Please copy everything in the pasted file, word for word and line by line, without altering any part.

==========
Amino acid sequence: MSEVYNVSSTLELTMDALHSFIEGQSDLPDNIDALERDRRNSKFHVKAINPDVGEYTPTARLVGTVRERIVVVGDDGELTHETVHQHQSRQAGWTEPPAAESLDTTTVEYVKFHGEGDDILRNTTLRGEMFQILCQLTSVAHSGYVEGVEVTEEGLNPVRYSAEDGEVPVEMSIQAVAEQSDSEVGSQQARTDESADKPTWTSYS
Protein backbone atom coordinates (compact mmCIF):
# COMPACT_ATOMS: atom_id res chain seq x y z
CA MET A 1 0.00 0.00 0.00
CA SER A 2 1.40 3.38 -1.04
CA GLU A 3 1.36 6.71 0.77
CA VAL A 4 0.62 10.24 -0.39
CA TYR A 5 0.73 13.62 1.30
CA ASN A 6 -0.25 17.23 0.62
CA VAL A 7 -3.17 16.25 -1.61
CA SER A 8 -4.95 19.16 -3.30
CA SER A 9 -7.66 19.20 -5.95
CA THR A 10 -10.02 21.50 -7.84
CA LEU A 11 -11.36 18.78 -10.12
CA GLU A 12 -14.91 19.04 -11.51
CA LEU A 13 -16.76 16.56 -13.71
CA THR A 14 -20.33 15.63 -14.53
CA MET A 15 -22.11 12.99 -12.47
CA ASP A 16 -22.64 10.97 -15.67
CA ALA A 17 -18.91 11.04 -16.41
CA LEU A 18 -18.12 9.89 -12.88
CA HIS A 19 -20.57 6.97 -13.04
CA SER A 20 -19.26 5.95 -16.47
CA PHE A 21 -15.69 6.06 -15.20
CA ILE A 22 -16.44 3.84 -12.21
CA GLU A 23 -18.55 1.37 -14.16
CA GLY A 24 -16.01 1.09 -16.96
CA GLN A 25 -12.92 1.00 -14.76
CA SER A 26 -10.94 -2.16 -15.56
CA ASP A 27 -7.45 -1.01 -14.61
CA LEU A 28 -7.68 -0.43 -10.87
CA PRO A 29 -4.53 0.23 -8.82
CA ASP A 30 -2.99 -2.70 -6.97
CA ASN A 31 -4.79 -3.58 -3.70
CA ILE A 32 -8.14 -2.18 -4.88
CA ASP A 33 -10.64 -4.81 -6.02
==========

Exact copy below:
Amino acid sequence: MSEVYNVSSTLELTMDALHSFIEGQSDLPDNIDALERDRRNSKFHVKAINPDVGEYTPTARLVGTVRERIVVVGDDGELTHETVHQHQSRQAGWTEPPAAESLDTTTVEYVKFHGEGDDILRNTTLRGEMFQILCQLTSVAHSGYVEGVEVTEEGLNPVRYSAEDGEVPVEMSIQAVAEQSDSEVGSQQARTDESADKPTWTSYS
Protein backbone atom coordinates (compact mmCIF):
# COMPACT_ATOMS: atom_id res chain seq x y z
CA MET A 1 0.00 0.00 0.00
CA SER A 2 1.40 3.38 -1.04
CA GLU A 3 1.36 6.71 0.77
CA VAL A 4 0.62 10.24 -0.39
CA TYR A 5 0.73 13.62 1.30
CA ASN A 6 -0.25 17.23 0.62
CA VAL A 7 -3.17 16.25 -1.61
CA SER A 8 -4.95 19.16 -3.30
CA SER A 9 -7.66 19.20 -5.95
CA THR A 10 -10.02 21.50 -7.84
CA LEU A 11 -11.36 18.78 -10.12
CA GLU A 12 -14.91 19.04 -11.51
CA LEU A 13 -16.76 16.56 -13.71
CA THR A 14 -20.33 15.63 -14.53
CA MET A 15 -22.11 12.99 -12.47
CA ASP A 16 -22.64 10.97 -15.67
CA ALA A 17 -18.91 11.04 -16.41
CA LEU A 18 -18.12 9.89 -12.88
CA HIS A 19 -20.57 6.97 -13.04
CA SER A 20 -19.26 5.95 -16.47
CA PHE A 21 -15.69 6.06 -15.20
CA ILE A 22 -16.44 3.84 -12.21
CA GLU A 23 -18.55 1.37 -14.16
CA GLY A 24 -16.01 1.09 -16.96
CA GLN A 25 -12.92 1.00 -14.76
CA SER A 26 -10.94 -2.16 -15.56
CA ASP A 27 -7.45 -1.01 -14.61
CA LEU A 28 -7.68 -0.43 -10.87
CA PRO A 29 -4.53 0.23 -8.82
CA ASP A 30 -2.99 -2.70 -6.97
CA ASN A 31 -4.79 -3.58 -3.70
CA ILE A 32 -8.14 -2.18 -4.88
CA ASP A 33 -10.64 -4.81 -6.02